v. 11. and the Israelitish woman's son blasphemed the name of the Lord and cursed; he uttered "the Name" (of God) with irreverence and contempt, the climax being reached in his bold denunciation of Jehovah. Any blasphemy against the name of Jehovah, as against the name above all names, was not only blasphemy against the God of Israel, but also against the religion of His revelation, against the covenant with Jehovah, and thus against the holy source of all consecrations, as one commentator has it. And they brought him unto Moses, that is, those that were witnesses of the blasphemy; (and his mother's name was Shelomith, the daughter of Dibri, of the tribe of Dan;)
v. 12. and they put him in ward, they secured or imprisoned him, that the mind of the Lord might be showed them, for the measure of punishment and the form of death in such a case had not yet been expressly stated.
v. 13. And the Lord spake unto Moses, saying,
v. 14. Bring forth him that hath cursed without the camp; and let all that heard him lay their hands upon his head, thereby ridding themselves of all complicity in the guilt which might have rested upon them on account of their being witnesses of the sin, and let all the congregation stone him. Under the form of government which was directly responsible to God capital punishment was imposed for transgressions of this nature.
v. 15. And thou shalt speak unto the children of Israel, saying, with reference to this execution, Whosoever curseth his God shall bear his sin, that is, the guilt and then also the punishment of sin as the Lord laid it upon the people under His direct government.
v. 16. And he that blasphemeth the name of the Lord, utters the name above all names in a spirit of levity and contempt, he shall surely be put to death, and all the congregation shall certainly stone him, the emphasis upon the execution being very strong; as well the stranger as he that is born in the land, Israelite or non-Israelite, all that were under the jurisdiction of the government, when he blasphemeth the name of the Lord, shall be put to death. And the Lord now expands this ordinance to include some other cases in which He demanded similar punishment.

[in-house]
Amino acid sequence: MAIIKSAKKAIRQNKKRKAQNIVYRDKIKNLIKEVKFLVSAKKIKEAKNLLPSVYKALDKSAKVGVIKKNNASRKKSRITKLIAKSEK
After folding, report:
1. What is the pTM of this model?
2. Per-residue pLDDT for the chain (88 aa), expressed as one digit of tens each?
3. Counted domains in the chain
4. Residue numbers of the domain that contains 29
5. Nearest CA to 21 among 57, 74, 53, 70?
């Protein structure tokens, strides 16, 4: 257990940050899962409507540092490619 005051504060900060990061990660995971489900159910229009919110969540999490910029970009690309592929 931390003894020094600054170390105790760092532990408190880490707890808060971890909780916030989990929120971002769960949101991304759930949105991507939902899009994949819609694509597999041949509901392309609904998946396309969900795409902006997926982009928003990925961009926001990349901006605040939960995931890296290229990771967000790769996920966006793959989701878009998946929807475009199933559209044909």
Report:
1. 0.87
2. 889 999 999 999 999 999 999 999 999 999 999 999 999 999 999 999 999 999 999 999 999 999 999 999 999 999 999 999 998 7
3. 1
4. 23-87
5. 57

v. 17. And he that killeth any man, strikes him down so that his life is taken, shall surely be put to death.
v. 18. And he that killeth a beast shall make it good, beast for beast.
v. 19. And if a man cause a blemish in his neighbor, any bodily harm or the loss of any organ; as he hath done, so shall it be done to him:
v. 20. breach for breach, eye for eye, tooth for tooth; as he hath caused a blemish in a man, so shall it be done to him again, for the law of restitution demanded reparation.
v. 21. And he that killeth a beast, he shall restore it; and he that killeth a man, he shall be put to death.
v. 22. Ye shall have one manner of law, as well for the stranger as for one of your own country; for I am the Lord, your God. The same laws that were given to the Israelites were to apply to the non-citizen that chose to live in their country. Cf Exodus 21:12 ff.
v. 23. And Moses spake to the children of Israel that they should bring forth him that had cursed out of the camp, and stone him with stones. And the children of Israel did as the Lord commanded Moses, thus putting away the evil out of their midst. A Christian congregation has no jurisdiction over life and death, but notorious and unrepentant sinners, such as blasphemers, should be excluded from their organization; and it is self-evident among Christians that the law of love demands restoration of all goods in which one's neighbor has been harmed.
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Kretzmann, Paul E. Ph. D., D. D. "Commentary on Leviticus 24". "Kretzmann's Popular Commentary". https://www.studylight.org/
the Week of Proper 24 / Ordinary 29